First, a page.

What are the costs of investing?

When you’re planning your investments it’s important to always keep costs in mind as they can have a detrimental effect on your returns and your ability to achieve your investment goals.


Investing in shares

Every time you buy or sell shares you will pay a brokerage fee, for example $10.00 for trades up to $1,000 on CommSec.

The more you invest, the smaller the brokerage fee as a percentage of your investment.

For example, if you buy $1,000 worth of shares in a company and sell them a year later, you would’ve paid $20 in brokerage fees ($10.00 to buy + $10.00 to sell), representing 2% of your initial investment.

So you’d need to make a total return through capital gains (the increase in the market value of the shares) and dividends of over 2% to make a real profit. But if you invest $10,000 in a company, then the brokerage fees only represent 0.39%.

Frequent trading can also significantly increase your costs, but the longer you stay invested, the less the brokerage fees represent as a proportion of your annual returns.


Investing in funds

Investment funds pool together the money of multiple investors and deploy it in a range of assets.

The companies that manage these funds, known as fund managers, can charge a variety of different fees to investors so it’s important to take them into consideration if you choose to invest in a fund.

For example, if a 30 year old invested $10,000 in a fund with an annual management charge (often known as a management expense ratio, or MER) of 0.5% and it grew by 8% a year for 30 years, they would get a pre-tax return of $87,500 at the age of 60.

But if they invested in a fund with an MER of 2%, that return would fall to around $57,400.

There can also be additional fees that you may be unaware of, including trading costs, foreign exchange costs or stamp duty.

Costs are only one part of the equation and investment performance will always be extremely important.

Some funds are cheaper than others and some funds perform better than others over a long period of time so it’s important to look for a balance if selecting an investment fund.

Exchange traded funds are relatively low cost funds, that aim to match the performance of a share market index or other group of assets, rather than beat it.

Your investment costs could be affected by your approach to the market.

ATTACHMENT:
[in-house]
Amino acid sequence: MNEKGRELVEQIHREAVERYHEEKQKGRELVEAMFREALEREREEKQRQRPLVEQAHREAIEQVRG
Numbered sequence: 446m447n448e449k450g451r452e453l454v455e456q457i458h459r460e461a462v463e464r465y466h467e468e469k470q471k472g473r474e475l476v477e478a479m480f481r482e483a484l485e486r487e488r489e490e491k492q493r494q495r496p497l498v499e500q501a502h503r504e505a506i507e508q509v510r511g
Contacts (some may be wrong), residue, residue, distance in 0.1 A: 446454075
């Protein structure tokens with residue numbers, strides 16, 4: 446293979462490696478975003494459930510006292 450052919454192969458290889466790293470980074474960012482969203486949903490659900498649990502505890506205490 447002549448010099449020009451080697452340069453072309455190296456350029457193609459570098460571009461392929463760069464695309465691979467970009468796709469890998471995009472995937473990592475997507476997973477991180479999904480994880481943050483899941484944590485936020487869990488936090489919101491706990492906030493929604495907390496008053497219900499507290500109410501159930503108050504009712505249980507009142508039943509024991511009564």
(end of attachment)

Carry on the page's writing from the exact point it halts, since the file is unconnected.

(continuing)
Find out what the difference is between investing and trading, and which approach might be right for you.

You might also like...

What you'll learn:
Written for:

What you'll learn:
Written for:

What you'll learn:
Written for:

Any securities or prices used in the examples given are for illustrative purposes only and should not be considered as a recommendation to buy, sell or hold. Past performance is not indicative of future performance. This information is not advice and has been prepared without taking account of the objectives, financial or taxation situation or needs of any particular individual. For this reason, any individual should, before acting on this information, consider the appropriateness of the information, having regards to the individual's objectives, financial or taxation situation and needs, and, if necessary, seek appropriate professional advice. Commonwealth Securities Limited ABN 60 067 254 399 AFSL 238814 (CommSec) is a wholly owned but non-guaranteed subsidiary of Commonwealth Bank of Australia ABN 48 123 123 124 AFSL 234945 and a Participant of the ASX Group and Cboe Australia.



This site is directed and available to and for the benefit of Australian residents only. © Commonwealth Securities Limited ABN 60 067 254 399 AFSL 238814 ("CommSec") is a wholly owned, but non guaranteed, subsidiary of the Commonwealth Bank of Australia ABN 48 123 123 124 AFSL 234945 and both entities are incorporated in Australia with limited liability.

By clicking on the "Download the CommSec App" buttons above, you will be directed to itunes.apple.com or play.google.com. These sites are not affiliated with CommSec and may offer a different Privacy Policy and level of security.